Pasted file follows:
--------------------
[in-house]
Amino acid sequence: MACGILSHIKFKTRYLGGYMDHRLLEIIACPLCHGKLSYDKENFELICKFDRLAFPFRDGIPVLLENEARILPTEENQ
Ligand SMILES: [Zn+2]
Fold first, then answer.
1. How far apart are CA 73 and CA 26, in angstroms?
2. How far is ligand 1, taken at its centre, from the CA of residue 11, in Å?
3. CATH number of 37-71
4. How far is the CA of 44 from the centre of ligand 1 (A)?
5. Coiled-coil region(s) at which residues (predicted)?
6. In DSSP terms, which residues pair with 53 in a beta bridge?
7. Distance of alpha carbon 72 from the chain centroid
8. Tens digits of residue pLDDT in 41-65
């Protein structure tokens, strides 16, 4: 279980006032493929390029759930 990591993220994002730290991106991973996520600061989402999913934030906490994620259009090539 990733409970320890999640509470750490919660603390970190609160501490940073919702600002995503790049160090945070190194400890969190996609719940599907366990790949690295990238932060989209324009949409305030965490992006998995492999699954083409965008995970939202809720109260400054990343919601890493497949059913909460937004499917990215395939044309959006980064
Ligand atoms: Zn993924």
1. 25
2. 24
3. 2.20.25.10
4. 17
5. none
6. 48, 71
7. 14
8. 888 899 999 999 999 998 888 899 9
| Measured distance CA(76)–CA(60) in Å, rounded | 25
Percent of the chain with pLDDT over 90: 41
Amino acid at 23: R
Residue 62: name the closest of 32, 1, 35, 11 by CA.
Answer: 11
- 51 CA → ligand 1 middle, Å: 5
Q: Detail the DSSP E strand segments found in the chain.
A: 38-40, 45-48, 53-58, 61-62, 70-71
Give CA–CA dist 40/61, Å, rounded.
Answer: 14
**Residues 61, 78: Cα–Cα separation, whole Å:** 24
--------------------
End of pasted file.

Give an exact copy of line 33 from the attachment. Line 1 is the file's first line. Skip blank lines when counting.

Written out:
**Residues 61, 78: Cα–Cα separation, whole Å:** 24